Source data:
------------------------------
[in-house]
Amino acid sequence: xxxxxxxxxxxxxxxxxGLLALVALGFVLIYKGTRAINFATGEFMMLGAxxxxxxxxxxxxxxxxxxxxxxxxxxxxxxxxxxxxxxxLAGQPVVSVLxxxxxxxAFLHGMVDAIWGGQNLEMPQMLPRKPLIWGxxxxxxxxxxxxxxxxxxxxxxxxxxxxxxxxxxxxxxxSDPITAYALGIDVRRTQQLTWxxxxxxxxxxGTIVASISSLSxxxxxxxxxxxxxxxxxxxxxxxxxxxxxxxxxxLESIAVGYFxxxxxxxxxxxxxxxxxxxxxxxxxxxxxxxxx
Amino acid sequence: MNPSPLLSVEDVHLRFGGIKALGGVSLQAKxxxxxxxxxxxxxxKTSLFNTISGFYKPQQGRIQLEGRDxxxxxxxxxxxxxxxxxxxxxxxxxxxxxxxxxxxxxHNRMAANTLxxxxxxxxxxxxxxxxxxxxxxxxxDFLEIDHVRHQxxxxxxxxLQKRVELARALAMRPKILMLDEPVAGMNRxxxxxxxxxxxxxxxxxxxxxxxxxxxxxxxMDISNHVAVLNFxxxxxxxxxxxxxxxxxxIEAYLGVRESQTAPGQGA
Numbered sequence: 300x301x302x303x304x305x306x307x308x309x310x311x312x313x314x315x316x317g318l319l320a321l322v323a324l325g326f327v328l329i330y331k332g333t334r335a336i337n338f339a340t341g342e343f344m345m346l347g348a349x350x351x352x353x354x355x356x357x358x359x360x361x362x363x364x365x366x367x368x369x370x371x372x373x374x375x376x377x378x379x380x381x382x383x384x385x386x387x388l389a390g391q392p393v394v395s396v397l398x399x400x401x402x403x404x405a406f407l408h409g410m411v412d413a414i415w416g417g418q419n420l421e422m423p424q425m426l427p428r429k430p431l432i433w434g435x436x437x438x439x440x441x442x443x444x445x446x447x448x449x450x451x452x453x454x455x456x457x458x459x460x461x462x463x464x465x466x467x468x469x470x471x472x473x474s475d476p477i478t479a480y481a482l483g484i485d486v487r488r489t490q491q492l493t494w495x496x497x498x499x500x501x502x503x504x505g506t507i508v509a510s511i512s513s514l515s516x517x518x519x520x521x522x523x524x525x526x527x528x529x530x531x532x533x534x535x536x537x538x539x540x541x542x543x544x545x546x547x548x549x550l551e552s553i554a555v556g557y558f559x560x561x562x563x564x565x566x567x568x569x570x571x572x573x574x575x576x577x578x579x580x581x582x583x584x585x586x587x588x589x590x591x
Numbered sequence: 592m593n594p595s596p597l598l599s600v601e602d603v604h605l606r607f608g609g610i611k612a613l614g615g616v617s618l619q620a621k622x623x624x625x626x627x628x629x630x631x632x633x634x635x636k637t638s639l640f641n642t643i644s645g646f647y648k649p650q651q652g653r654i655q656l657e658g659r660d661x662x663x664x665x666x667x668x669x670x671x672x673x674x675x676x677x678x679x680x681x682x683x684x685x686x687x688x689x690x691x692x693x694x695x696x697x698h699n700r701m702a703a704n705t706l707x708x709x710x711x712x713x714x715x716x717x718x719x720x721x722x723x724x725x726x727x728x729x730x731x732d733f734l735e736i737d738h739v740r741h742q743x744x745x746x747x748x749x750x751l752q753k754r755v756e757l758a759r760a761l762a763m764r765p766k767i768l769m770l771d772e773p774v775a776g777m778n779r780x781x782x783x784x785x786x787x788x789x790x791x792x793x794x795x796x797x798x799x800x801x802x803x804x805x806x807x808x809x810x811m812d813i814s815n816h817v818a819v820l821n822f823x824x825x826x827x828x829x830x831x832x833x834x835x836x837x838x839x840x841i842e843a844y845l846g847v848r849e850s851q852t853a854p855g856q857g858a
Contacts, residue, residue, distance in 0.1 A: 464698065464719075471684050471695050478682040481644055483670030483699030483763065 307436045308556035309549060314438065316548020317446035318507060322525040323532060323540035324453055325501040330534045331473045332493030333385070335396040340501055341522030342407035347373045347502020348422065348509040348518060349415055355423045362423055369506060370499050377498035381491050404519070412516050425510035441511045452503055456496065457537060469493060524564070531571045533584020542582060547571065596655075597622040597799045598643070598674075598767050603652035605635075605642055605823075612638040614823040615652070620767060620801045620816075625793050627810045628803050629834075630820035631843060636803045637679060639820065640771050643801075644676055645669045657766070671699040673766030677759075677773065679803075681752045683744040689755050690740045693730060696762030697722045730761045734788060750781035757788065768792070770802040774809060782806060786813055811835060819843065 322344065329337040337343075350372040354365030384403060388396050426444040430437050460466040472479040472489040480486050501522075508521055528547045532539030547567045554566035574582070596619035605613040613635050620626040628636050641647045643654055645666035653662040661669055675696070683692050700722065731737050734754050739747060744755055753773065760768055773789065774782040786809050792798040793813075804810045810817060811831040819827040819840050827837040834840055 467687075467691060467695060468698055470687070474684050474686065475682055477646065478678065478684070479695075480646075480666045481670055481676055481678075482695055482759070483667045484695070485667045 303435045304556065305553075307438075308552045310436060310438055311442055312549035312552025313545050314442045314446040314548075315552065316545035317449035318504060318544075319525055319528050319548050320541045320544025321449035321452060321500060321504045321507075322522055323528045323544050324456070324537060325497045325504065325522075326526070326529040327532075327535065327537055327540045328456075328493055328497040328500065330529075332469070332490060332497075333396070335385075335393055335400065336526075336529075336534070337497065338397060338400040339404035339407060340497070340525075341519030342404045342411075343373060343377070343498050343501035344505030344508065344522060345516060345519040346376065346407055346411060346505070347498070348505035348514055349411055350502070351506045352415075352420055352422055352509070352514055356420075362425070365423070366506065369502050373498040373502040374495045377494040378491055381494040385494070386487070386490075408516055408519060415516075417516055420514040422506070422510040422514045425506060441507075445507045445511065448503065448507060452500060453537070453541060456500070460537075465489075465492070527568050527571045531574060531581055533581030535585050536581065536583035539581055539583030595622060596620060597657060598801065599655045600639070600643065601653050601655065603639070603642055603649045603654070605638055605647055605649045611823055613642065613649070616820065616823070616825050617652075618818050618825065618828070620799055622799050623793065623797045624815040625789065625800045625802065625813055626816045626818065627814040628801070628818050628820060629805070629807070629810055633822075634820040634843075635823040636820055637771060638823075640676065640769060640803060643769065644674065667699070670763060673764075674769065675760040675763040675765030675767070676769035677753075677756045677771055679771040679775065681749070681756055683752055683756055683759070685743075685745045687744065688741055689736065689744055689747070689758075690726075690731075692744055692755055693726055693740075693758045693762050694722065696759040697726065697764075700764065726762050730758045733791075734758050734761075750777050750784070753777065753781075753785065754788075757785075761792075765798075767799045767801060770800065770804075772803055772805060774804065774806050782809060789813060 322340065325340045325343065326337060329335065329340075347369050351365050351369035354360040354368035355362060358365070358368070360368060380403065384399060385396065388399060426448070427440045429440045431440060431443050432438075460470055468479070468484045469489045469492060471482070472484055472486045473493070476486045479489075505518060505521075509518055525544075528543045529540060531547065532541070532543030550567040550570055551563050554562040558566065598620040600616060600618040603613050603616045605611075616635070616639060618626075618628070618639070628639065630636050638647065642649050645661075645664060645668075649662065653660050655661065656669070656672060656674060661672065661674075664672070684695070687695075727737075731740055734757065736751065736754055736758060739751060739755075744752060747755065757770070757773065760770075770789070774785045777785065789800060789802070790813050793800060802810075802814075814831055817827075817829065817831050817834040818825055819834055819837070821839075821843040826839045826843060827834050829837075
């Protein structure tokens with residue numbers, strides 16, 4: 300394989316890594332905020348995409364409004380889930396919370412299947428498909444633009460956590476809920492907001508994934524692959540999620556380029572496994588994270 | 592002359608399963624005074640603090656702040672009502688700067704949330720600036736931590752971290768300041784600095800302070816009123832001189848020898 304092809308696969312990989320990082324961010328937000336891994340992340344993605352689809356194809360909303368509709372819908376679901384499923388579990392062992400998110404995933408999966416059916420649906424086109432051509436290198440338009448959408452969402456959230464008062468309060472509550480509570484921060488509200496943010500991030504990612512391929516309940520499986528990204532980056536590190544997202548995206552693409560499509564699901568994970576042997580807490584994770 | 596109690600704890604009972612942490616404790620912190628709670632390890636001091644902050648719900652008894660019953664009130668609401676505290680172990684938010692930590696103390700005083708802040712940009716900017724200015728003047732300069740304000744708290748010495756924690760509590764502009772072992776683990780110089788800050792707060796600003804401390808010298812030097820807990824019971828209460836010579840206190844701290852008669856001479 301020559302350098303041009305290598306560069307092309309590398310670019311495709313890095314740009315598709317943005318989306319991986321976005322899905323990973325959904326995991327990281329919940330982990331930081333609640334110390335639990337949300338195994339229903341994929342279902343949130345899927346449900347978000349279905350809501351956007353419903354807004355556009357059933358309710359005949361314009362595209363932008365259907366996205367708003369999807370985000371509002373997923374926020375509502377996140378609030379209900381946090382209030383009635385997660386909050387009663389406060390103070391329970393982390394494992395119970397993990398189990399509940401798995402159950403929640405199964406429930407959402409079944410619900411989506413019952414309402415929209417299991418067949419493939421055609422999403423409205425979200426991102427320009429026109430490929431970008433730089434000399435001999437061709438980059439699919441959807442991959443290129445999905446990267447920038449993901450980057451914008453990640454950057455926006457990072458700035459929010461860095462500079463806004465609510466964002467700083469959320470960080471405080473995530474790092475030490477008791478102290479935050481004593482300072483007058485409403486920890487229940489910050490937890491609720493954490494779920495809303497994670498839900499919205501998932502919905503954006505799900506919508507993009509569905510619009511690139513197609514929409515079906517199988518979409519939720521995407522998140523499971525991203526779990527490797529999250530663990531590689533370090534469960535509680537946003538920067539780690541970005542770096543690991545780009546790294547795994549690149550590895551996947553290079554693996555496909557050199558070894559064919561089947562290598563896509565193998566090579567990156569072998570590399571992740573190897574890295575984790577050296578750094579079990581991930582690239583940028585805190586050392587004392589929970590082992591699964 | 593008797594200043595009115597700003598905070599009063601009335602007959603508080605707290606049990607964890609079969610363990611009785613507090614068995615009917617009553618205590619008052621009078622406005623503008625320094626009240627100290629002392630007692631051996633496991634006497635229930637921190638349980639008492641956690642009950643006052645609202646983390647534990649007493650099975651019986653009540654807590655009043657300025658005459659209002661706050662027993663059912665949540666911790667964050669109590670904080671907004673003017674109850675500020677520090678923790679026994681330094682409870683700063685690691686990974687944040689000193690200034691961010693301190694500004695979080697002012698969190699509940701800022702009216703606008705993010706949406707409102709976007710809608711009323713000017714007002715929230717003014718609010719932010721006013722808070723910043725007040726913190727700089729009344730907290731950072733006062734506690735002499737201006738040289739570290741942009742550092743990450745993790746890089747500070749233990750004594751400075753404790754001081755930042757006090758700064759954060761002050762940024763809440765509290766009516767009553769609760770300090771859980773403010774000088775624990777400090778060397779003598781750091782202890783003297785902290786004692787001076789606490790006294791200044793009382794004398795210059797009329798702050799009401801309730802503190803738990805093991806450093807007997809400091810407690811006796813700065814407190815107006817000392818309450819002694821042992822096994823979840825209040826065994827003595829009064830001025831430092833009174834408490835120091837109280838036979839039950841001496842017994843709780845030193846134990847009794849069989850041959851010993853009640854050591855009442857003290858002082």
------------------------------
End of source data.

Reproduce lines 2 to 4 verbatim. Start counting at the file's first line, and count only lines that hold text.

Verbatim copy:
Amino acid sequence: xxxxxxxxxxxxxxxxxGLLALVALGFVLIYKGTRAINFATGEFMMLGAxxxxxxxxxxxxxxxxxxxxxxxxxxxxxxxxxxxxxxxLAGQPVVSVLxxxxxxxAFLHGMVDAIWGGQNLEMPQMLPRKPLIWGxxxxxxxxxxxxxxxxxxxxxxxxxxxxxxxxxxxxxxxSDPITAYALGIDVRRTQQLTWxxxxxxxxxxGTIVASISSLSxxxxxxxxxxxxxxxxxxxxxxxxxxxxxxxxxxLESIAVGYFxxxxxxxxxxxxxxxxxxxxxxxxxxxxxxxxx
Amino acid sequence: MNPSPLLSVEDVHLRFGGIKALGGVSLQAKxxxxxxxxxxxxxxKTSLFNTISGFYKPQQGRIQLEGRDxxxxxxxxxxxxxxxxxxxxxxxxxxxxxxxxxxxxxHNRMAANTLxxxxxxxxxxxxxxxxxxxxxxxxxDFLEIDHVRHQxxxxxxxxLQKRVELARALAMRPKILMLDEPVAGMNRxxxxxxxxxxxxxxxxxxxxxxxxxxxxxxxMDISNHVAVLNFxxxxxxxxxxxxxxxxxxIEAYLGVRESQTAPGQGA
Numbered sequence: 300x301x302x303x304x305x306x307x308x309x310x311x312x313x314x315x316x317g318l319l320a321l322v323a324l325g326f327v328l329i330y331k332g333t334r335a336i337n338f339a340t341g342e343f344m345m346l347g348a349x350x351x352x353x354x355x356x357x358x359x360x361x362x363x364x365x366x367x368x369x370x371x372x373x374x375x376x377x378x379x380x381x382x383x384x385x386x387x388l389a390g391q392p393v394v395s396v397l398x399x400x401x402x403x404x405a406f407l408h409g410m411v412d413a414i415w416g417g418q419n420l421e422m423p424q425m426l427p428r429k430p431l432i433w434g435x436x437x438x439x440x441x442x443x444x445x446x447x448x449x450x451x452x453x454x455x456x457x458x459x460x461x462x463x464x465x466x467x468x469x470x471x472x473x474s475d476p477i478t479a480y481a482l483g484i485d486v487r488r489t490q491q492l493t494w495x496x497x498x499x500x501x502x503x504x505g506t507i508v509a510s511i512s513s514l515s516x517x518x519x520x521x522x523x524x525x526x527x528x529x530x531x532x533x534x535x536x537x538x539x540x541x542x543x544x545x546x547x548x549x550l551e552s553i554a555v556g557y558f559x560x561x562x563x564x565x566x567x568x569x570x571x572x573x574x575x576x577x578x579x580x581x582x583x584x585x586x587x588x589x590x591x